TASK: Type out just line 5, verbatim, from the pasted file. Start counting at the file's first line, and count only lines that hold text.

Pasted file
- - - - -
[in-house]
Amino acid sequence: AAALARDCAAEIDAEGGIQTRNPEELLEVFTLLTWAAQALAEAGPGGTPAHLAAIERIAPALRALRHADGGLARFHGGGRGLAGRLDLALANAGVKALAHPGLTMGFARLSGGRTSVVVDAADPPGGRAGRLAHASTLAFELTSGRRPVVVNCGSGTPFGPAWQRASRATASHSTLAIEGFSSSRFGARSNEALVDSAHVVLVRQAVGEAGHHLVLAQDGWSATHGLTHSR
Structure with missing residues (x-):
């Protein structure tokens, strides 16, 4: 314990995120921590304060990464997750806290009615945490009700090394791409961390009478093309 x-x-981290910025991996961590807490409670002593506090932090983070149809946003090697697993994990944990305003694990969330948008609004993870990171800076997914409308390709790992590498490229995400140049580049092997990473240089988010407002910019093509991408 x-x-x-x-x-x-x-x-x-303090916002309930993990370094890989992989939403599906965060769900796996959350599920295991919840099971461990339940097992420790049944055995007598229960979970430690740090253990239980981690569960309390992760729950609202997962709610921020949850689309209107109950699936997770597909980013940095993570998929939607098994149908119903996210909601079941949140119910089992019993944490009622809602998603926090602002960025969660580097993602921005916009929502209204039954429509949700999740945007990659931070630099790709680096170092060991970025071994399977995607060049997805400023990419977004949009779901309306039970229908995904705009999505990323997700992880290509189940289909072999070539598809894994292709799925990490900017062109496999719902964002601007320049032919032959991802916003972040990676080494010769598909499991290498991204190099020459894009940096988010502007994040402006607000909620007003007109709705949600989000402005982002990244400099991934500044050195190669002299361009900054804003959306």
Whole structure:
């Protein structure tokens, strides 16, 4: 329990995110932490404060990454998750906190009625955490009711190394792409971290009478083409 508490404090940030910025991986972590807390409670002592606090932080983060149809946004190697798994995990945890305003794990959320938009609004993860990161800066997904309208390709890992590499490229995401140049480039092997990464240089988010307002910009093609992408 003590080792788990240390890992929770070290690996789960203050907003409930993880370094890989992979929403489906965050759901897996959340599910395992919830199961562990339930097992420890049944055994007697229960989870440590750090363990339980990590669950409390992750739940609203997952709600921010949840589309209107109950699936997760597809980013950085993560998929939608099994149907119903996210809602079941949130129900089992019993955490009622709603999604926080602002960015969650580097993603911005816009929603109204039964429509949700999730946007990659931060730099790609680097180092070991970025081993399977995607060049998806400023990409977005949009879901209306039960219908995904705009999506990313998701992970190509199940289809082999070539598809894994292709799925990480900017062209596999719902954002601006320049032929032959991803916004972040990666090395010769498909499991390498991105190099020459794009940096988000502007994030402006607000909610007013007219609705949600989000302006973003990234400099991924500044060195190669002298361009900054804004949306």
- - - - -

Whole structure: